Brian Encinia, the Texas trooper responsible for arresting Sandra Bland, has finally been fired, says the Associated Press.
In his letter of termination, Director Steve McGraw wrote, “I have determined that you have not rebutted the charges set out in the statement of charges of January 28, 2016. No cause has been presented to alter my preliminary decision. Therefore, it is now my decision that you be discharged from the Texas Department of Public Safety effective at 5:00p.m.”
Encinia signed the letter earlier today, but plans on appealing his termination, Raw Story reported. Since Bland’s death, Encinia had been on paid desk leave.
As we all know, last summer, Encinia pulled Bland over in a traffic stop for “making an improper lane change,” while she drove near the Prairie View A&M University campus. Three days after Bland’s arrest, she was found dead hanging from a plastic bag in her cell in the Waller County jail in Hempstead, Texas.
Despite the suspicion and public activism around Bland’s death, officials still labeled it a “suicide.”
However, the Texas Department of Public Safety terminated Encinia in lieu of current perjury charges handed down from a grand jury that believed that the trooper lied under oath about the circumstances of Bland’s arrest. In an affidavit, Encinia claimed that Bland had been “combative and uncooperative.
Yet, in a released video of Bland’s arrest, Encinia drew his gun on an unarmed Bland, screaming at her, “I will light you up!” Later on, Bland is heard “off camera screaming that he’s about to break her wrists and complaining that he knocked her head into the ground,” the AP notes. Encinia also claimed that he only removed Bland from her car to perform a “safer traffic investigation” and that when Bland was taken out of the car, she was violent. All claims that the grand jury didn’t believe.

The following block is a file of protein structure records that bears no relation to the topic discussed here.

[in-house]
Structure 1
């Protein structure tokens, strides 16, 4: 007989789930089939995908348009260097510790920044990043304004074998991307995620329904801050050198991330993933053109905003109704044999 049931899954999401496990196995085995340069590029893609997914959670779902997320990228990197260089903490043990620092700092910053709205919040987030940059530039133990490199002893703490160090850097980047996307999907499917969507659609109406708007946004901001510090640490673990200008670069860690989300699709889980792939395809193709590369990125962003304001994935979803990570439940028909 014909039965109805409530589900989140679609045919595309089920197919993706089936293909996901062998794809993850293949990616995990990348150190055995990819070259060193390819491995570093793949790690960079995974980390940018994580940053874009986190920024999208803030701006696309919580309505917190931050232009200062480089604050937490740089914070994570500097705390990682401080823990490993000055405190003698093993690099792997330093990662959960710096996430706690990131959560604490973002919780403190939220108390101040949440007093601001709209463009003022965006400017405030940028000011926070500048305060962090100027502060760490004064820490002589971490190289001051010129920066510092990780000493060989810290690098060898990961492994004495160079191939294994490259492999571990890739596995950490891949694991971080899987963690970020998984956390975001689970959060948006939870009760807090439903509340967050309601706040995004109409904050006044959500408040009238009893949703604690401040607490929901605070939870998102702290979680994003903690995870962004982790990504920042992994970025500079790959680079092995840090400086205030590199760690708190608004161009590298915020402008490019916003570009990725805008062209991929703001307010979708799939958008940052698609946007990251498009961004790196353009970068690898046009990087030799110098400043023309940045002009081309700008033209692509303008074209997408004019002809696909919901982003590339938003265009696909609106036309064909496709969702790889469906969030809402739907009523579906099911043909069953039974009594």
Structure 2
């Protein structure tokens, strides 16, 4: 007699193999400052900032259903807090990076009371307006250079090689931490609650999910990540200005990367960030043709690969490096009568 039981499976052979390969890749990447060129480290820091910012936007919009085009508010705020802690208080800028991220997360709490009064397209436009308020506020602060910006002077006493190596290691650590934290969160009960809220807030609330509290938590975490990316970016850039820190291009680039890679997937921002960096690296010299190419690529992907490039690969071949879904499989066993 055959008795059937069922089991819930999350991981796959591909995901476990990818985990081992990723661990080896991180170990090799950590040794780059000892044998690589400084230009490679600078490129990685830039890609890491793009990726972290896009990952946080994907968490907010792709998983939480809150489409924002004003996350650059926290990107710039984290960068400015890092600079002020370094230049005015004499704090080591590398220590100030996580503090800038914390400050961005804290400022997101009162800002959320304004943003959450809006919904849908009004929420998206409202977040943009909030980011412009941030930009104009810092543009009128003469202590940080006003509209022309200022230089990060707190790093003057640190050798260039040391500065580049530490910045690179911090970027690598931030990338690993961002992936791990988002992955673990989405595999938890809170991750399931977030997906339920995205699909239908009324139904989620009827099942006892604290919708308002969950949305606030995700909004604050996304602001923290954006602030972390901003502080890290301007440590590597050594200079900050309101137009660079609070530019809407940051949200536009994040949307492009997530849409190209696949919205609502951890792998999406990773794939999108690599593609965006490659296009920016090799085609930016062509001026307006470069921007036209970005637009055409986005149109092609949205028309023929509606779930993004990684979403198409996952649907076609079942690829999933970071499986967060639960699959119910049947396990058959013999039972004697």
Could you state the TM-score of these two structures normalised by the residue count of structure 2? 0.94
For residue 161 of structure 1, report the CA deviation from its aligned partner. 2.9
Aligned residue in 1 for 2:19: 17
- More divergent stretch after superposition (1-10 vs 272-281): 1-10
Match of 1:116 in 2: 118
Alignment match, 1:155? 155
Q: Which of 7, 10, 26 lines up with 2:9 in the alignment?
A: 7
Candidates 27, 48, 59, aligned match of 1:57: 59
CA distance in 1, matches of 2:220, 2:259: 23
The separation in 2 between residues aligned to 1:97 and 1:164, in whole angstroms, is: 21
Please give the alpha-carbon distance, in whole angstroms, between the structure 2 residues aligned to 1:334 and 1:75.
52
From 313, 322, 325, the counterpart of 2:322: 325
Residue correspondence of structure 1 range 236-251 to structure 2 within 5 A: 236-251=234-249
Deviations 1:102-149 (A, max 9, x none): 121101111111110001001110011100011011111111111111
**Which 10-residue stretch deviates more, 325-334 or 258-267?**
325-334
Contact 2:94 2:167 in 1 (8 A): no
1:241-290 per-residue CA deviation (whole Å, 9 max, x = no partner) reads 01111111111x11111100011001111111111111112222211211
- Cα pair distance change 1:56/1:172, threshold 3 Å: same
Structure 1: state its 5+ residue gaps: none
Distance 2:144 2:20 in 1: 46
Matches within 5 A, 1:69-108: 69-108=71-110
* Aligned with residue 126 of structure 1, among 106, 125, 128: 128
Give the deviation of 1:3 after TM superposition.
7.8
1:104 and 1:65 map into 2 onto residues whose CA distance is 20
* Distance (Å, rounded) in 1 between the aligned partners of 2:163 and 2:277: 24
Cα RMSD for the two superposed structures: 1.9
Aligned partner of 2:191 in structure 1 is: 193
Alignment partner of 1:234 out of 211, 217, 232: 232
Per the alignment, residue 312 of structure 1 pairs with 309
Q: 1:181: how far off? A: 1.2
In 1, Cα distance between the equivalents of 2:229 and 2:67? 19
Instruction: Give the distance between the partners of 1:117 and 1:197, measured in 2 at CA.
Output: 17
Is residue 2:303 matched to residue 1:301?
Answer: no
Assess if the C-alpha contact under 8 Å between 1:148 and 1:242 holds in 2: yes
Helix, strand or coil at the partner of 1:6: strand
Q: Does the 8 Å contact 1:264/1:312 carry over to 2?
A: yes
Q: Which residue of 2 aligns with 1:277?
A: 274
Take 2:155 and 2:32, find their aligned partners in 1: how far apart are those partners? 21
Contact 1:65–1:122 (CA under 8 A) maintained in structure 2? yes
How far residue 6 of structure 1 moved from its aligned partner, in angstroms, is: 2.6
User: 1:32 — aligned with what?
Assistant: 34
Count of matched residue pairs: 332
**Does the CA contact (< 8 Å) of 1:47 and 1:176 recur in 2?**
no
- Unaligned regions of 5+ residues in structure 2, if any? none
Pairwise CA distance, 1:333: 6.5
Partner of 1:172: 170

While Encinia will face a trial for those charges in upcoming months, in the meantime, Encinia is without a job.
Bland’s sister, Sharon Cooper, told the AP his indictment was “bittersweet,” saying, “We have always felt from the onset, from our viewing of the dashcam video, is what happened to Sandy was largely impacted by the fatal encounter that she had with Officer Encinia.”
The Bland’s lawyer, Cannon Lambert, added that perjury charges aren’t enough. He believes that Encinia should have been indicted on more serious charges including assault, battery or abuse of his official power. “The public deserves accountability. If you don’t have public accountability, you don’t have public trust. I want the public to be able to trust the police,” said Cooper.
Currently, Bland’s family has filed a wrongful death suit against Encinia.
Perhaps, this “bittersweet” feeling the Bland family describes also comes from the fact that a similar grand jury infamously declined “to charge any sheriff’s officials or jailers in her death,” the AP noted. A move that has left many bewildered, especially given claims that Bland was not suicidal and accusations that the police may have killed her.
Bland’s tragic death garnered much attention, including those from the Black Lives Matter Movement who also coined the hasthag #SayHerName to raise awareness around Black women who have lost their lives to state violence or community violence.
If Encinia is found guilty of perjury, a misdemeanor, he could face up to a year in jail and a $4,000 fine.